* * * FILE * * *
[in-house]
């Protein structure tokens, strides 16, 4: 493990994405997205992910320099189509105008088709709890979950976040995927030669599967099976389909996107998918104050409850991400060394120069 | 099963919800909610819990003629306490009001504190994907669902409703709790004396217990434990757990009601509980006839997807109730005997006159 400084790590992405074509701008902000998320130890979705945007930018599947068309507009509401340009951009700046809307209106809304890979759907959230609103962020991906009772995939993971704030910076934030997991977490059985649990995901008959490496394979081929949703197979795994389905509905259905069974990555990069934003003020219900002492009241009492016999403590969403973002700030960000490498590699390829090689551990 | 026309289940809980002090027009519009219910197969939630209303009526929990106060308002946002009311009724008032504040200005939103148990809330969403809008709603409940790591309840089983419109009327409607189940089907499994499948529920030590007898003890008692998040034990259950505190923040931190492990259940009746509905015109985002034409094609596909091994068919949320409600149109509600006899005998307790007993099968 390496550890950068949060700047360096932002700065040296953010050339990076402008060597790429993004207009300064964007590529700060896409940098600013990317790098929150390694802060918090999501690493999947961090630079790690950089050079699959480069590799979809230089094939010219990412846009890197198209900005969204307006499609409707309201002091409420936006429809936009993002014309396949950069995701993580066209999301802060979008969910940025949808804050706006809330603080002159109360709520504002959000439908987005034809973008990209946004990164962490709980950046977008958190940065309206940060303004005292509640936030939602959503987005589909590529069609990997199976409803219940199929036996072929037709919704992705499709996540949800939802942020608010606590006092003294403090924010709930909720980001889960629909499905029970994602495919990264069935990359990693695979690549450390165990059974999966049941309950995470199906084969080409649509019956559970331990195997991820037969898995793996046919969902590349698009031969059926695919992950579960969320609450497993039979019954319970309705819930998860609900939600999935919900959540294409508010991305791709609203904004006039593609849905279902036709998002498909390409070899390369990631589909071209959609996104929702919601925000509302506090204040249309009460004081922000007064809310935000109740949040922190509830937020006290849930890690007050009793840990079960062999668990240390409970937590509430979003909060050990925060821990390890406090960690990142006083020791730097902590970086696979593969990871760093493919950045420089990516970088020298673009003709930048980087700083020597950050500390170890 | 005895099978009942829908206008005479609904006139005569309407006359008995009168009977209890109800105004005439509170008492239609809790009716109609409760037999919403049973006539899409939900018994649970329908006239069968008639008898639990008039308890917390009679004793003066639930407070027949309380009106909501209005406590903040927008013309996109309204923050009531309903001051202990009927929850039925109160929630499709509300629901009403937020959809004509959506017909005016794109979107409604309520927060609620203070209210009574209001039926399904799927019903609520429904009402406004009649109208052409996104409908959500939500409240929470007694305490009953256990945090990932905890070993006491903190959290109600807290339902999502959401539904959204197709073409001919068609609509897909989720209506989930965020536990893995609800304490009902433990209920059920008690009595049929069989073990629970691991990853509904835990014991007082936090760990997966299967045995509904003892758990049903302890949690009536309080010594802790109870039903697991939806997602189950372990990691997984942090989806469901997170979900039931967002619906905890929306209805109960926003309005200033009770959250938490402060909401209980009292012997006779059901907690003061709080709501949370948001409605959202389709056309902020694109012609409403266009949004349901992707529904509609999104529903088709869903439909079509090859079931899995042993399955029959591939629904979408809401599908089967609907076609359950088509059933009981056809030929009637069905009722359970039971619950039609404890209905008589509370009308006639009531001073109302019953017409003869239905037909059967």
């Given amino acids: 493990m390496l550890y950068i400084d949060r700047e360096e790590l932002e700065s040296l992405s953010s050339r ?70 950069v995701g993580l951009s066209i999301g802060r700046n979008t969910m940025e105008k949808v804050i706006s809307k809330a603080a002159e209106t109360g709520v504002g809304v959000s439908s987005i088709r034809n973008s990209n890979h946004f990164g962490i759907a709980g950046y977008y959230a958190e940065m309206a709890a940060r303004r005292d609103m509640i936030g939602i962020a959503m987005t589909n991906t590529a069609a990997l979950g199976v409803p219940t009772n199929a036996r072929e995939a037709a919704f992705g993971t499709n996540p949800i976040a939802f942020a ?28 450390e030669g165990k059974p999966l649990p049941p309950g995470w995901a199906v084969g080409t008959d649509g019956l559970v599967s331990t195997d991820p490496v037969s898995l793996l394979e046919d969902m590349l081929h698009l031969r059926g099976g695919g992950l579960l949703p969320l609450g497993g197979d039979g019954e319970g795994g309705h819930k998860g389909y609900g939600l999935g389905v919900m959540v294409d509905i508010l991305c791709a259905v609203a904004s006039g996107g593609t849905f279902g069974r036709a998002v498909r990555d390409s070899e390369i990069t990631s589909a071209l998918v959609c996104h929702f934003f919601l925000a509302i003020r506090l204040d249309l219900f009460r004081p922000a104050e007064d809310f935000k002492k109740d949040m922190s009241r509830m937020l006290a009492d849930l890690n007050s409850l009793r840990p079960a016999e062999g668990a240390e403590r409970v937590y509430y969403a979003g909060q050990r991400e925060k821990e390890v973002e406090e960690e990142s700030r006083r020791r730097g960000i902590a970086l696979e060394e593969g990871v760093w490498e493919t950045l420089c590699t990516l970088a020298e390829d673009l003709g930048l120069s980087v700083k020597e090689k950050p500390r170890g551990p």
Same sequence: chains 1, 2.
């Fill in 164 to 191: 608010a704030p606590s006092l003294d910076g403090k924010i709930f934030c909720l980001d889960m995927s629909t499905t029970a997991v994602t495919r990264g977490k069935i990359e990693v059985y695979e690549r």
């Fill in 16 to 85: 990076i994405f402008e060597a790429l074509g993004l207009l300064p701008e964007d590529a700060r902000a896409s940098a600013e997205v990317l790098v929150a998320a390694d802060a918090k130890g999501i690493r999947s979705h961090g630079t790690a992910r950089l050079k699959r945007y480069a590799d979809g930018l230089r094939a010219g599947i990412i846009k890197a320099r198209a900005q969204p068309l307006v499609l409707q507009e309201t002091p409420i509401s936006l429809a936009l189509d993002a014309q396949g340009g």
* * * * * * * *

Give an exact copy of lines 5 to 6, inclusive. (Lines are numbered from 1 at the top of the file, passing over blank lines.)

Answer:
């Fill in 164 to 191: 608010a704030p606590s006092l003294d910076g403090k924010i709930f934030c909720l980001d889960m995927s629909t499905t029970a997991v994602t495919r990264g977490k069935i990359e990693v059985y695979e690549r």
């Fill in 16 to 85: 990076i994405f402008e060597a790429l074509g993004l207009l300064p701008e964007d590529a700060r902000a896409s940098a600013e997205v990317l790098v929150a998320a390694d802060a918090k130890g999501i690493r999947s979705h961090g630079t790690a992910r950089l050079k699959r945007y480069a590799d979809g930018l230089r094939a010219g599947i990412i846009k890197a320099r198209a900005q969204p068309l307006v499609l409707q507009e309201t002091p409420i509401s936006l429809a936009l189509d993002a014309q396949g340009g």